Today’s Wall Street Journal looks at the “dance of the lemons” in Newark. Last year Newark Public Schools received a $5 million Federal SIG (School Improvement Grant) to turn around Malcolm X. Shabazz High School. There’s four SIG-approved methods of intervention to reform a failing school: convert to a charter, replace the principal, replace 50% of the staff, or shut the school down and send the kids to other nearby schools. (That’s the quick and dirty version; here’s detail for more inquiring minds.)
So Newark officials elected to use the “replace 50% of the staff” form of intervention for Shabazz High School. But, remember, teacher tenure is inviolable. Therefore, what happened to the 45 teachers who were removed to improve student achievement? According to the Journal, 21 of them went to Barringer High School, which is also a chronically failing school. And what happened to the 21 Barringer teachers who were supplanted by the exodus from Shabazz? Simple. They went to Shabazz. Actually, 68 teachers were rearranged among three of Newark's high schools.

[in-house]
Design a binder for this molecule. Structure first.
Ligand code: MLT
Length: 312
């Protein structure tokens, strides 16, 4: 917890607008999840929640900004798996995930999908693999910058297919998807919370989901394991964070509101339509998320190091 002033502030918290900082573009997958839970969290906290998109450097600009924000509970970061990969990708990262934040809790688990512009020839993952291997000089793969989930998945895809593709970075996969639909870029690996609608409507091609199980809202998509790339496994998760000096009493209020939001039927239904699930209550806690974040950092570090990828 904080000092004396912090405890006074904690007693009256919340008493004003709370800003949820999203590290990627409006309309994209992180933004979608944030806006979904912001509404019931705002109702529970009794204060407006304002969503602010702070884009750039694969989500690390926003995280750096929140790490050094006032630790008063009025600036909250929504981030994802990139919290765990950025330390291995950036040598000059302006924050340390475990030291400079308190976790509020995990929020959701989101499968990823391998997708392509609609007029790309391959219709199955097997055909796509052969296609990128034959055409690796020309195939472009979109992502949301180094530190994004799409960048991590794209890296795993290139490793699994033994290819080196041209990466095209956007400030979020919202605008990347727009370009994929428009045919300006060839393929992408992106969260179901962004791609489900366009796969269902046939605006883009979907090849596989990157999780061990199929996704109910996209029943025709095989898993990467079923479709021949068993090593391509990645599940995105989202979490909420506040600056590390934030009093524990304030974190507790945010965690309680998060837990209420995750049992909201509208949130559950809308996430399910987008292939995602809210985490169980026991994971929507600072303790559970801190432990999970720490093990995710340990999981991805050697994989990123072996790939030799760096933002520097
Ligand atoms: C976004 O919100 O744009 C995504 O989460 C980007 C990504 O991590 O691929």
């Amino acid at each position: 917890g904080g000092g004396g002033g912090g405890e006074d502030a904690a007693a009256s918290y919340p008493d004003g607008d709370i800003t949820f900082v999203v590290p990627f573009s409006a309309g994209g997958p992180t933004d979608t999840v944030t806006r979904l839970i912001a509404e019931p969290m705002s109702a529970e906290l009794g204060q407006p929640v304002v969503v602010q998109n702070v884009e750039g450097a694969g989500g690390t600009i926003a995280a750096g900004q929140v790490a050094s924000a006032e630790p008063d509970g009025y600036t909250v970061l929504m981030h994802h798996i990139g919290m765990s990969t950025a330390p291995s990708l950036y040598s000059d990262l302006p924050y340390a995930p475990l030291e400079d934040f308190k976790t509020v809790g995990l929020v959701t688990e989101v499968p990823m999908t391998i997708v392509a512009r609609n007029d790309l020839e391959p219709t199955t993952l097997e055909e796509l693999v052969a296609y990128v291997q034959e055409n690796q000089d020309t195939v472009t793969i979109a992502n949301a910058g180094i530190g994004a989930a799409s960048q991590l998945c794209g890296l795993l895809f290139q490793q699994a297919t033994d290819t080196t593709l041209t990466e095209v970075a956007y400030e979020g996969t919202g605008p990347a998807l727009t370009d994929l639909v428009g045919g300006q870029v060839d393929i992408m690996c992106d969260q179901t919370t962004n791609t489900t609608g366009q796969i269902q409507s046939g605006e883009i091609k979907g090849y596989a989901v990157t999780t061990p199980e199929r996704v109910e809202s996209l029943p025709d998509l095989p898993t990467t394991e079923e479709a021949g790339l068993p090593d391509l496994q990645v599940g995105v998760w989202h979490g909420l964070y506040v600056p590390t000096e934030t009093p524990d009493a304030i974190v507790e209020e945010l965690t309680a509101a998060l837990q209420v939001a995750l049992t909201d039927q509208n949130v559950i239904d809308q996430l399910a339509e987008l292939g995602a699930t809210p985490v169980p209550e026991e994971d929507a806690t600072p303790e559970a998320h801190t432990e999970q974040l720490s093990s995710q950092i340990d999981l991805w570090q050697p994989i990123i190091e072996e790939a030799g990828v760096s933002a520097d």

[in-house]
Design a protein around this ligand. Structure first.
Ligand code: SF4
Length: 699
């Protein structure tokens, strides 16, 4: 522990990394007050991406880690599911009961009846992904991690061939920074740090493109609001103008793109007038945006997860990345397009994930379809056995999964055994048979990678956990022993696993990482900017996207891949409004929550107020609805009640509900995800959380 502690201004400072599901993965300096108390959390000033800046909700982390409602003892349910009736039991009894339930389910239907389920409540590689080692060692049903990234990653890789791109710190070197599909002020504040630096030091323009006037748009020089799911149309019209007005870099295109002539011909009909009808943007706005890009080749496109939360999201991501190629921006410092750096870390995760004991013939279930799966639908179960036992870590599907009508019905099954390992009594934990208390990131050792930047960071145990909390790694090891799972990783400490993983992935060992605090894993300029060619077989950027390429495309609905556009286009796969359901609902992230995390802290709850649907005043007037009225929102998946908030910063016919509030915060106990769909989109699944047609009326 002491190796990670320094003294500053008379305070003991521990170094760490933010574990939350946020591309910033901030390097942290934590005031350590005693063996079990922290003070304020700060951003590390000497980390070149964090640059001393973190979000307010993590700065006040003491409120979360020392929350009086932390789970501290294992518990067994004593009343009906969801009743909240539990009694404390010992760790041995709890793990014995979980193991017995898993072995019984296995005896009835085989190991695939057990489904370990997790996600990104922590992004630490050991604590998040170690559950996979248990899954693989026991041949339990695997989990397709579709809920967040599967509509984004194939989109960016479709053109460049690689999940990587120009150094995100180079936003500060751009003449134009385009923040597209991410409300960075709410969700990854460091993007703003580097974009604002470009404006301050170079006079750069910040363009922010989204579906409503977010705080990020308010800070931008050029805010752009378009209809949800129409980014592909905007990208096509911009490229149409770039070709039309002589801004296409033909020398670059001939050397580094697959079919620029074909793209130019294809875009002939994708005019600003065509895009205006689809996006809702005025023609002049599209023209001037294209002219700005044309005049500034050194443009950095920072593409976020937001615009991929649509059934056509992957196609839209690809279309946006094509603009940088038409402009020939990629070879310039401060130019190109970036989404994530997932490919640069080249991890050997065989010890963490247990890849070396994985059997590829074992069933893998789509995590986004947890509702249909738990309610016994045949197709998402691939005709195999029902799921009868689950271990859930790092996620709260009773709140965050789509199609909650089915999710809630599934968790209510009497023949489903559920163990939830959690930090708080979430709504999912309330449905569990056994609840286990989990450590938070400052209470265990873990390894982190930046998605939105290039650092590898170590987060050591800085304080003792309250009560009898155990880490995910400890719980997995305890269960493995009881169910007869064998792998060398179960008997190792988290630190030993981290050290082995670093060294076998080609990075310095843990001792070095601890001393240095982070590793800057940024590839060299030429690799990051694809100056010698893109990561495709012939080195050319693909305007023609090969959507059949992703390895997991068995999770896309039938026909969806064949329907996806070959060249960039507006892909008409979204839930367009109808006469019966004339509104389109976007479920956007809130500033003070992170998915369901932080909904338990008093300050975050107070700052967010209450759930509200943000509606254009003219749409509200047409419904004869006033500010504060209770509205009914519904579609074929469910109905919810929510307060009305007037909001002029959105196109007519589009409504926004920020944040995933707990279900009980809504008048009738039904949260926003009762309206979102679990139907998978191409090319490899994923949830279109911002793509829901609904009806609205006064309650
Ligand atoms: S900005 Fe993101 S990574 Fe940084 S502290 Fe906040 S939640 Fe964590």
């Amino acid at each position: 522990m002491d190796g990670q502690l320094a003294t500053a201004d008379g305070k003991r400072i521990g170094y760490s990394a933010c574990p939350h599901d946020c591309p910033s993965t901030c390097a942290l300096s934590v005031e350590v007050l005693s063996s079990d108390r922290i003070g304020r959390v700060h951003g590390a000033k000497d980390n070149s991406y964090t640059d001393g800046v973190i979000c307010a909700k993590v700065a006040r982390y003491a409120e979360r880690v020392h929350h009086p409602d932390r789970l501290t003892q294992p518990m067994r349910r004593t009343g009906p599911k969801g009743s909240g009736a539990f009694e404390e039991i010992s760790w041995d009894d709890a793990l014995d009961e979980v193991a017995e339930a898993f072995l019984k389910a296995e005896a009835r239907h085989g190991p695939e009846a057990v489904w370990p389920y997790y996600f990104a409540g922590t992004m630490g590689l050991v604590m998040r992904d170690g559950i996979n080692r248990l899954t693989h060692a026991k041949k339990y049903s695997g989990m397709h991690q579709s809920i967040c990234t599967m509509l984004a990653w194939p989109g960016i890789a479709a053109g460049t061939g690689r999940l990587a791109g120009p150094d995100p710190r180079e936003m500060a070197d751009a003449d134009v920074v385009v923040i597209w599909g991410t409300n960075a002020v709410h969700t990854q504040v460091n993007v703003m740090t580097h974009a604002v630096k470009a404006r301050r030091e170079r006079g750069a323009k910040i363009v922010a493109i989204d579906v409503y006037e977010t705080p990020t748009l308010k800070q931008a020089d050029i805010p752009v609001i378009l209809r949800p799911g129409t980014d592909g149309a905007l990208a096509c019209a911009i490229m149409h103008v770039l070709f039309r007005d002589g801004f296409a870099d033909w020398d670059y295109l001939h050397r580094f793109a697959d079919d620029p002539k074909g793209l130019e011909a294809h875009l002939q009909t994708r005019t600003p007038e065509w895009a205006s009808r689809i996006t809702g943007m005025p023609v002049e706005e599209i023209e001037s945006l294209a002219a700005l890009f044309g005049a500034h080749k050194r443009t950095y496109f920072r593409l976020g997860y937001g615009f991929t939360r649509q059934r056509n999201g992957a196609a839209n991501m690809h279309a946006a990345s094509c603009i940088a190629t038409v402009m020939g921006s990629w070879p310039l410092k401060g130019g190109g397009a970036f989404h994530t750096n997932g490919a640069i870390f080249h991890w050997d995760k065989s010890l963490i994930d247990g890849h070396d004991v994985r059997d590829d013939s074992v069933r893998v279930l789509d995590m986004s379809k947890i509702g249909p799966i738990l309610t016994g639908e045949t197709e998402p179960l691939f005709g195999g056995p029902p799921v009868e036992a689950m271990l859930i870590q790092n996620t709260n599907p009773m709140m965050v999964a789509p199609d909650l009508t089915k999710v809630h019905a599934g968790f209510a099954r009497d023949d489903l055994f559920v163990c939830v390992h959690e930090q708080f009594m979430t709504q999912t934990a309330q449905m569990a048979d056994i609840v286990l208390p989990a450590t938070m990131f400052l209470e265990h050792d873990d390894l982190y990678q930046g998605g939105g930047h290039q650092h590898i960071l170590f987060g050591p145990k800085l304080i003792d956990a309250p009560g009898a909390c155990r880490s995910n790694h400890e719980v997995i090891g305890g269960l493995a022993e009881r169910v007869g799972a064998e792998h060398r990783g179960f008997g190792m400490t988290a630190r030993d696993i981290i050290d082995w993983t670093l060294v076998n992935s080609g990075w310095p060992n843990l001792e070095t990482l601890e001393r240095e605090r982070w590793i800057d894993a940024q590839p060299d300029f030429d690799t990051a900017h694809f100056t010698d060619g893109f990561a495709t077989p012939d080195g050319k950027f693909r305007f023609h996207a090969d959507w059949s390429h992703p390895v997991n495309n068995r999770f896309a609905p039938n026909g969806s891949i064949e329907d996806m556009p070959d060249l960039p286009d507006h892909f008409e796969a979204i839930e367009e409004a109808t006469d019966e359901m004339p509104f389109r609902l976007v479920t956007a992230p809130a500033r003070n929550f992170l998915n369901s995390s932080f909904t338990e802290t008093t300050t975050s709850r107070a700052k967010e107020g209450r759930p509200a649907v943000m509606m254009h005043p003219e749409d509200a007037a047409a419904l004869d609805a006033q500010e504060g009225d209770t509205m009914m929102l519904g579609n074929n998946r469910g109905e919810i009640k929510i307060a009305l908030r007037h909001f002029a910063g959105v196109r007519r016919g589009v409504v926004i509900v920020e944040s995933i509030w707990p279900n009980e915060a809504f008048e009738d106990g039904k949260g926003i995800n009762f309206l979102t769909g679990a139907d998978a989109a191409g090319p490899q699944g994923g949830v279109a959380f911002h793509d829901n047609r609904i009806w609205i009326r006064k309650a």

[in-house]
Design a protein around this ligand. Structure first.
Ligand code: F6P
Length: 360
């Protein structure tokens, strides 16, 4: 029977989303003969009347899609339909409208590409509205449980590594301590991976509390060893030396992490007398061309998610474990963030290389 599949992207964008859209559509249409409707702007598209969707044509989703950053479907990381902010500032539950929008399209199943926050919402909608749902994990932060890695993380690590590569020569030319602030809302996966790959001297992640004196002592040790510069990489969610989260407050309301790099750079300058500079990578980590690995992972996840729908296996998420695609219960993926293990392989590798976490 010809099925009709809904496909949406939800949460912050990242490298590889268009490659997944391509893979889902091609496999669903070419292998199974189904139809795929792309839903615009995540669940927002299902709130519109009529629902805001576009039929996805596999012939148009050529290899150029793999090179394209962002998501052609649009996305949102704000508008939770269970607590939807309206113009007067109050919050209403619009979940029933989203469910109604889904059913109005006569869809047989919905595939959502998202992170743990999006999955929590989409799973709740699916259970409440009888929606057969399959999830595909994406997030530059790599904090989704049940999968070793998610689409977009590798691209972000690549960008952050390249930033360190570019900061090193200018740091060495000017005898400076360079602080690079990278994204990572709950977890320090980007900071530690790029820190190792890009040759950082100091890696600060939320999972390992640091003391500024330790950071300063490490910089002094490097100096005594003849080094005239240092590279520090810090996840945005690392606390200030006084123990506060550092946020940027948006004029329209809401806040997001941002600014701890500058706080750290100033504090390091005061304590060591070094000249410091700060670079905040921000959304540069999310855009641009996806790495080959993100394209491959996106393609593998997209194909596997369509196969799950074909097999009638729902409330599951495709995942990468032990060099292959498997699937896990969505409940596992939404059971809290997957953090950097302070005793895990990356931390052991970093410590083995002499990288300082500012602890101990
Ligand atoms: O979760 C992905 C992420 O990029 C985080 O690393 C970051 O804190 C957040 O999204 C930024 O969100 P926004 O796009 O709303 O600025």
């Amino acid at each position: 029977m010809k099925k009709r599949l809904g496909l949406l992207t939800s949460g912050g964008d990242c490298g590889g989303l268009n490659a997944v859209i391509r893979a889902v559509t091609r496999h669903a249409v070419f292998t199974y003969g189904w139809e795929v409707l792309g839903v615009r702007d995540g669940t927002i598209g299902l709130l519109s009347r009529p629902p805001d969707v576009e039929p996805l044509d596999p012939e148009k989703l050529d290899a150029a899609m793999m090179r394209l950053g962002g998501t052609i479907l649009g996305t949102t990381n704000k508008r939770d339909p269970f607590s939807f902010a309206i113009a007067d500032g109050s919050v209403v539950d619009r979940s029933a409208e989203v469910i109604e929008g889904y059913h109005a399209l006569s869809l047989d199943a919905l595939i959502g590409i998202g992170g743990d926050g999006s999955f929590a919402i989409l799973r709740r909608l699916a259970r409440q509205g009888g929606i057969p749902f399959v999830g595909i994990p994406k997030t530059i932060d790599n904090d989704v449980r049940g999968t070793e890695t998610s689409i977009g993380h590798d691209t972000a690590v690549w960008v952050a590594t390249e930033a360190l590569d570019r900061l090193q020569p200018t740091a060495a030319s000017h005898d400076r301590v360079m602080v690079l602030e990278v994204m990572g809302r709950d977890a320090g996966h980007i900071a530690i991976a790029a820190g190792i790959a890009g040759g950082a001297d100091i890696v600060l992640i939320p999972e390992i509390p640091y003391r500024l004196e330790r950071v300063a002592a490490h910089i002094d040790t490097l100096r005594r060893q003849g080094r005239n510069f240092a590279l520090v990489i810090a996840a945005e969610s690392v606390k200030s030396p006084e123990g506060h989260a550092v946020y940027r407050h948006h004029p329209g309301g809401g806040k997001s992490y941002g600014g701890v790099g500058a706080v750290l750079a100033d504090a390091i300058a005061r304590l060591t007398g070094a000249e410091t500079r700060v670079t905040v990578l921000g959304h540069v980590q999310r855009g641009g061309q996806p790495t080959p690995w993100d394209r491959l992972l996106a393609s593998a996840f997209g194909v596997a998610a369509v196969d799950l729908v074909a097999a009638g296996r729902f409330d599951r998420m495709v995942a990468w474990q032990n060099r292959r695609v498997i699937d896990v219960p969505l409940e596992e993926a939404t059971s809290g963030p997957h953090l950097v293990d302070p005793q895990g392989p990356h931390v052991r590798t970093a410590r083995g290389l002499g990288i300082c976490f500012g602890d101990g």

Cami Anderson, Newark’s new superintendent, said that she’s changed policies to discourage swapping, but
because of the state's tenure law, which guarantees a paycheck to teachers regardless of whether any principal wants to retain or hire them, Ms. Anderson's new policy will cost the district an extra $10 million to $15 million a year that will go to paying the teachers who are not able to find jobs within the district.In other SIG news, the Governor’s Office has out a press release on the awarding of $55 million new SIG grants that will be divided among nine failing schools in Newark, Jersey City, East Orange, Paterson, Camden and Lakewood. On the list is none other than Barringer High School, the recipient of 21 of Shabazz’s rejects. But that’s okay: Barringer is choosing the model of intervention where you replace the principal, not the staff. The principals will dance this time, not the teachers.
"In other words, by doing the right thing, we created a massive budget issue," she said. Newark schools have a $900 million budget and employ about 4,000 teachers.
Labels: Newark, tenure